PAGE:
Associations of obesity and lifestyle with the risk and mortality of bloodstream infection in a general population: a 15-year follow-up of 64 027 individuals in the HUNT Study
Journal article, Peer reviewed
MetadataShow full item record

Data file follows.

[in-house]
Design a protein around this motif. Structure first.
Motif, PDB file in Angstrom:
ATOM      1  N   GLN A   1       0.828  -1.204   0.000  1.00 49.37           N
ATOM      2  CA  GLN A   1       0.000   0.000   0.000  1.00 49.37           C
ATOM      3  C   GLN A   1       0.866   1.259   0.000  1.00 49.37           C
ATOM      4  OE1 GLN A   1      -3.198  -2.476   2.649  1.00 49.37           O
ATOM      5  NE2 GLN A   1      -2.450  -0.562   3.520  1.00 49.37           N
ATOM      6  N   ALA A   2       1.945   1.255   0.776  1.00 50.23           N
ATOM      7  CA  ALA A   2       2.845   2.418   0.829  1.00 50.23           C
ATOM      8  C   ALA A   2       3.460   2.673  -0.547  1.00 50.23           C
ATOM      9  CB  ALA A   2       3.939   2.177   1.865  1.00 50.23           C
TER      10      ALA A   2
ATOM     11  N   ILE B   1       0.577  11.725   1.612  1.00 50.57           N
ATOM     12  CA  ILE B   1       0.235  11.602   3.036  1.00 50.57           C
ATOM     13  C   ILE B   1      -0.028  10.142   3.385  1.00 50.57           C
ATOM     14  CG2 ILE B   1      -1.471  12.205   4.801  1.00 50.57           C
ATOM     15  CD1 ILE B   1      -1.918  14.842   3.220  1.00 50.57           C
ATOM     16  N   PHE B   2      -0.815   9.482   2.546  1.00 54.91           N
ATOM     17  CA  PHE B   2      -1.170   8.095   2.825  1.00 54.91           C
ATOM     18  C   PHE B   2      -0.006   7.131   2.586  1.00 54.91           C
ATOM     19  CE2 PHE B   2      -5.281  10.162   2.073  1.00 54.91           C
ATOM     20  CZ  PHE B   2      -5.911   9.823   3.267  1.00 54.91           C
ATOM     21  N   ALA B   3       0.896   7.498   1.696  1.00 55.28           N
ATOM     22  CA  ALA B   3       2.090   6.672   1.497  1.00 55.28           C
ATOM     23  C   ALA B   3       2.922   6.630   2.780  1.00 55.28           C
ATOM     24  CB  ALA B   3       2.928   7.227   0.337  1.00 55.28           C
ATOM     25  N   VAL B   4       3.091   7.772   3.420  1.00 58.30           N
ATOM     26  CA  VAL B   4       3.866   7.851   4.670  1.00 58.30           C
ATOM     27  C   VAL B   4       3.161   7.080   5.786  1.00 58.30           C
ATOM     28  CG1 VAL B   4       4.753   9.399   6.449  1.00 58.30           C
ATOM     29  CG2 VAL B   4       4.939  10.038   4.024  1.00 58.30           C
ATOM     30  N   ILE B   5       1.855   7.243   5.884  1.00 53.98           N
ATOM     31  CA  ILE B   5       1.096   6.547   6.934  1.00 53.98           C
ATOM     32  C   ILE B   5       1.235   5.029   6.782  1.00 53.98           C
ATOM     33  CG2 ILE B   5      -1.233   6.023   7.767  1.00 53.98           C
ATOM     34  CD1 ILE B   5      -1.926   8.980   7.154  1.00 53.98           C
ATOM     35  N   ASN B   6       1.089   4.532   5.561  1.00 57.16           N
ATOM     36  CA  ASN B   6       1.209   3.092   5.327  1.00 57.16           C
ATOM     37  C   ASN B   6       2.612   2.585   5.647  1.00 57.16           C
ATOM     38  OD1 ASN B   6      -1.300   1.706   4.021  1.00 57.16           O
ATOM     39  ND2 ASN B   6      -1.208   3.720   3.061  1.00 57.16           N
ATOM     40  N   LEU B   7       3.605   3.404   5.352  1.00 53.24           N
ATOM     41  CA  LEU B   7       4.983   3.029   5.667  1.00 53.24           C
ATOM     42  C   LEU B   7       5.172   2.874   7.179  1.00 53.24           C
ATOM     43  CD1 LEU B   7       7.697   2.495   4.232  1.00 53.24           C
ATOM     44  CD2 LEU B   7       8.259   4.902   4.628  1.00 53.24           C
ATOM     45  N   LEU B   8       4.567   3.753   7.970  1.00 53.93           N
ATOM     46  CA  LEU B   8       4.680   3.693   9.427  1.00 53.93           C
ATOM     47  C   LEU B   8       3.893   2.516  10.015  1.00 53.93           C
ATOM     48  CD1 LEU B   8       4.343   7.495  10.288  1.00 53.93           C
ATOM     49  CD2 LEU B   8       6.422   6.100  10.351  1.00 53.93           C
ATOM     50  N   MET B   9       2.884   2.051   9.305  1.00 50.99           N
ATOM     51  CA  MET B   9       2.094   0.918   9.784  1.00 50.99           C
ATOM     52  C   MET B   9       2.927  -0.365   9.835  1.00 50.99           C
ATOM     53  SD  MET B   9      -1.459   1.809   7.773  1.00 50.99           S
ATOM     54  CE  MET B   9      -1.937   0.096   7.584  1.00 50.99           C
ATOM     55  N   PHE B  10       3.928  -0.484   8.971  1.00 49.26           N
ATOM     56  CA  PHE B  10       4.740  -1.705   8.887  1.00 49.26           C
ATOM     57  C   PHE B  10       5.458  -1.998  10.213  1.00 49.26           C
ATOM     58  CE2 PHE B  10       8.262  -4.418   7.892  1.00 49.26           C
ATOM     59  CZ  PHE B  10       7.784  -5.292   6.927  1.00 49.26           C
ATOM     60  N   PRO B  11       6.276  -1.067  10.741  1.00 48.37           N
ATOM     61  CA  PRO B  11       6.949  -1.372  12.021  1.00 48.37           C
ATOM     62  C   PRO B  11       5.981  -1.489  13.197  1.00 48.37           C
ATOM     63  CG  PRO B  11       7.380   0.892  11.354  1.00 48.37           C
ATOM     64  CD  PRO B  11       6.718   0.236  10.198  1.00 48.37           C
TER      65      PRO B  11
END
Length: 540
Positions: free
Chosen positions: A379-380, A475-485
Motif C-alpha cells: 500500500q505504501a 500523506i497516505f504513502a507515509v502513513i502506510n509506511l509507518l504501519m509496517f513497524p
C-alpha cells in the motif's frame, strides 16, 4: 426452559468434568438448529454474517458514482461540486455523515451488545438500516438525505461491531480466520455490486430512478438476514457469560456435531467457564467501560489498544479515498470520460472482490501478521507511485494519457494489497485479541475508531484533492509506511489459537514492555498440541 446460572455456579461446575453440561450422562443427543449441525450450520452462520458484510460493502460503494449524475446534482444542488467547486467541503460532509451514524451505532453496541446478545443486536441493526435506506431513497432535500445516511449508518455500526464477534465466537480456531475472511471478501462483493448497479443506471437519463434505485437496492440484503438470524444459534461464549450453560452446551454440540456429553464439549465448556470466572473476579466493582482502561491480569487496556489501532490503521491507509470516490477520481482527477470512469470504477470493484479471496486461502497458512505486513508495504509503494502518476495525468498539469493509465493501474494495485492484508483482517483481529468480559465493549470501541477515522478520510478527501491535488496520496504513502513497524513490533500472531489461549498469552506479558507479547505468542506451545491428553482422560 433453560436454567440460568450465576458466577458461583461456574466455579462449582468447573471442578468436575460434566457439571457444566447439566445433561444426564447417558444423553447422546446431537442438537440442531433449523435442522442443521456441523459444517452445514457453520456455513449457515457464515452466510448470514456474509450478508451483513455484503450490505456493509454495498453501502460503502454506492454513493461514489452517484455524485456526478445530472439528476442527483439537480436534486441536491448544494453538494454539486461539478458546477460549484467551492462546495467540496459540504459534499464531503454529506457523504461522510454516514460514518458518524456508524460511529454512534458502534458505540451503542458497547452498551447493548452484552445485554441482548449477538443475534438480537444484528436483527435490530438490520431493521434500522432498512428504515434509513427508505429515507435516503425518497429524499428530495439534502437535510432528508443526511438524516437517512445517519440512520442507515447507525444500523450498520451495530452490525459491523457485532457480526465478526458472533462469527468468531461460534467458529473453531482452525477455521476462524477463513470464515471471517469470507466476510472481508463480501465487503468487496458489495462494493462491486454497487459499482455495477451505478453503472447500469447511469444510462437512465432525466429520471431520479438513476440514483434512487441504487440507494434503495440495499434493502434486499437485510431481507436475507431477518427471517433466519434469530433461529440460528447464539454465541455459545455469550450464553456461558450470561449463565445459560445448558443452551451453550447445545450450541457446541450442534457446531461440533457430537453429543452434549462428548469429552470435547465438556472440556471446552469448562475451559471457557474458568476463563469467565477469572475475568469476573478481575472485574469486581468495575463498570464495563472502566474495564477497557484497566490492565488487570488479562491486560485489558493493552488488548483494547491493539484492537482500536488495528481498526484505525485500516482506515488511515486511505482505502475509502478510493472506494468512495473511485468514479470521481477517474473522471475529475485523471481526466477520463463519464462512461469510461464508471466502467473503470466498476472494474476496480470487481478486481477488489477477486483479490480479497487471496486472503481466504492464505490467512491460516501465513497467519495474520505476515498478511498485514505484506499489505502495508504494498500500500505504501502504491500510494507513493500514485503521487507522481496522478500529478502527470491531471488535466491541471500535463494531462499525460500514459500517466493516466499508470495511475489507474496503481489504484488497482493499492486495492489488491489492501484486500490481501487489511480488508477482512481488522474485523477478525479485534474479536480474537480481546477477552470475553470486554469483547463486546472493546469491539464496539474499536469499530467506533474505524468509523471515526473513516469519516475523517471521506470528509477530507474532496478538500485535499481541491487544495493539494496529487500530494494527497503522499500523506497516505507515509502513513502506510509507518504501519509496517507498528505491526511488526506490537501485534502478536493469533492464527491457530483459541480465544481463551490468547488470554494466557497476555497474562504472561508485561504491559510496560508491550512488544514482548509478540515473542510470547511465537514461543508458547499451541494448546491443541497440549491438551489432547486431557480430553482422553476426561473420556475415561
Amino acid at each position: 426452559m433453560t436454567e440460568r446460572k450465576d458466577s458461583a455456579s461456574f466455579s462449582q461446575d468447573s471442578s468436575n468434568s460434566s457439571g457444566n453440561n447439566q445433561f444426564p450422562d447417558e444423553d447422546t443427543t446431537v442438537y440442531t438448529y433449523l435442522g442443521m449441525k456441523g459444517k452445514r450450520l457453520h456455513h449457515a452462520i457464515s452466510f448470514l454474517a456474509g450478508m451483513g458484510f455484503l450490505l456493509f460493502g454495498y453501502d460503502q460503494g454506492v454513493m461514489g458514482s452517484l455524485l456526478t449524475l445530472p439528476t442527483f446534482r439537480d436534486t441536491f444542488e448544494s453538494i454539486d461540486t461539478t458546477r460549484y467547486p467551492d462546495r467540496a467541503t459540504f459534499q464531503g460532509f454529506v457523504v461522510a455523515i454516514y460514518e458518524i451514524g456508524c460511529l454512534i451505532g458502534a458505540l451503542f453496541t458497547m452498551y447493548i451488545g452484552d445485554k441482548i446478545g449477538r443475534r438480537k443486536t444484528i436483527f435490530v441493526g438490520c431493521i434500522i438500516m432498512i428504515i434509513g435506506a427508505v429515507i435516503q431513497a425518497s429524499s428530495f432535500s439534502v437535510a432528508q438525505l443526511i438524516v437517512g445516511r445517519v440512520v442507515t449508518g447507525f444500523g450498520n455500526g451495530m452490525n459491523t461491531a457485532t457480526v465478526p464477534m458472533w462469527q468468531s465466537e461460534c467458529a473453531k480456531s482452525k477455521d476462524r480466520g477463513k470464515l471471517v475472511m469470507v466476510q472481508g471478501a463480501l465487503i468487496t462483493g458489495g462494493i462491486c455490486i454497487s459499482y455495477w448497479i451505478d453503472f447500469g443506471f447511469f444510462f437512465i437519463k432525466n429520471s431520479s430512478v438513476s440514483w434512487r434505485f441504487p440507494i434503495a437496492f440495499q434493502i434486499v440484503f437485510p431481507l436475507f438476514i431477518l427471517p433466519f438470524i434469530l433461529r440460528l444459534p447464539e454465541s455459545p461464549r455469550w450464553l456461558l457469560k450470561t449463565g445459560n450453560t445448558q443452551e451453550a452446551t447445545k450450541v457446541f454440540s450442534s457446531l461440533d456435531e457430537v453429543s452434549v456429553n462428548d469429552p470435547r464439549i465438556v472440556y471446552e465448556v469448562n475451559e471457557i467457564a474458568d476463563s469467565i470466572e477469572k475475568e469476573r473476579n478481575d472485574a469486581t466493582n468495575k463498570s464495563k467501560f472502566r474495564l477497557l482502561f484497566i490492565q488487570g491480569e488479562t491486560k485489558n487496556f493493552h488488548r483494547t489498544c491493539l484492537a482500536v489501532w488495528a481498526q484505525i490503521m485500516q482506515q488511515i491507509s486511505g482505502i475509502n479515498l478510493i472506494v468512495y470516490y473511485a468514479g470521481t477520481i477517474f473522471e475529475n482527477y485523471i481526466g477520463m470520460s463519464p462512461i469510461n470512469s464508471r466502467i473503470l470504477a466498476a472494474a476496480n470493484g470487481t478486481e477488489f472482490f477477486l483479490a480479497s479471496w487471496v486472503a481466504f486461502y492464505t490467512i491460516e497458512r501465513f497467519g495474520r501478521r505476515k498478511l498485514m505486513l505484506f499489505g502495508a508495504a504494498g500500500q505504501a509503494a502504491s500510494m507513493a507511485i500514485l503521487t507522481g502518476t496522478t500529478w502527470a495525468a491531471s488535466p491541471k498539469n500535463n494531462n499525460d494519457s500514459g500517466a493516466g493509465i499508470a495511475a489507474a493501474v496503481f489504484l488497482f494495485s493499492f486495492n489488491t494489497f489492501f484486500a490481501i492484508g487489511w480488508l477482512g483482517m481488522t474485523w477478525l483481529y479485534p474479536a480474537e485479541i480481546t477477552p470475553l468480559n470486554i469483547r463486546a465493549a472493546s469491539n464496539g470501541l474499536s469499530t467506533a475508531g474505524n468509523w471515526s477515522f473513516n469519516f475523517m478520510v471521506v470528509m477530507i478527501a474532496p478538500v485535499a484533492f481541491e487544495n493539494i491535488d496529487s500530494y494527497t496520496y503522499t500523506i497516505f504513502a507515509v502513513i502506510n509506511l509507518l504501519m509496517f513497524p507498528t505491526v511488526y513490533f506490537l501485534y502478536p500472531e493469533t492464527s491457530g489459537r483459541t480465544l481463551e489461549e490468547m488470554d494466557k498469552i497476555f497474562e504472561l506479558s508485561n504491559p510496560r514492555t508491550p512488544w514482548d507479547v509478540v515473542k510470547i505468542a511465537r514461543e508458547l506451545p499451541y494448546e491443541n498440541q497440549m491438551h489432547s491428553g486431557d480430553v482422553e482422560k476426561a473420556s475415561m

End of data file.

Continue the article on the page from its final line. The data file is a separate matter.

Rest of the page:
Background: Bloodstream infections (BSI) cause considerable morbidity and mortality, and primary prevention should be a priority. Lifestyle factors are of particular interest since they represent a modifiable target. Methods: We conducted a prospective cohort study among participants in the population-based Norwegian HUNT2 Survey, where 64 027 participants were followed from 1995–97 through 2011 by linkage to prospectively recorded information on BSI at local and regional hospitals. The exposures were: baseline body mass index (BMI) measurements; and self-reported smoking habits, leisure time physical activity and alcohol intake. The outcomes were hazard ratios (HR) of BSI and BSI mortality. Results: During 810 453 person-years and median follow-up of 14.8 years, 1844 (2.9%) participants experienced at least one BSI and 396 (0.62%) died from BSI. Compared with normal weight participants (BMI 18.5–24.9 kg/m2), the age- and sex-adjusted risk of a first-time BSI was 31% [95% confidence interval (CI) 14–51%] higher at BMI 30.0–34.9 kg/m2, 87% (95% CI 50–135%) higher at BMI 35.0–39.9 kg/m2 and 210% (95% CI 117–341%) higher at BMI ≥ 40.0 kg/m2. The risk of BSI mortality was similarly increased. Compared with never-smokers, current smokers had 51% (95% CI 34–70%) and 75% (95% CI 34–129%) higher risks of BSI and BSI mortality, respectively. Physically inactive participants had 71% (95% CI 42–107%) and 108% (95% CI 37–216%) higher risks of BSI and BSI mortality, respectively, compared with the most physically active.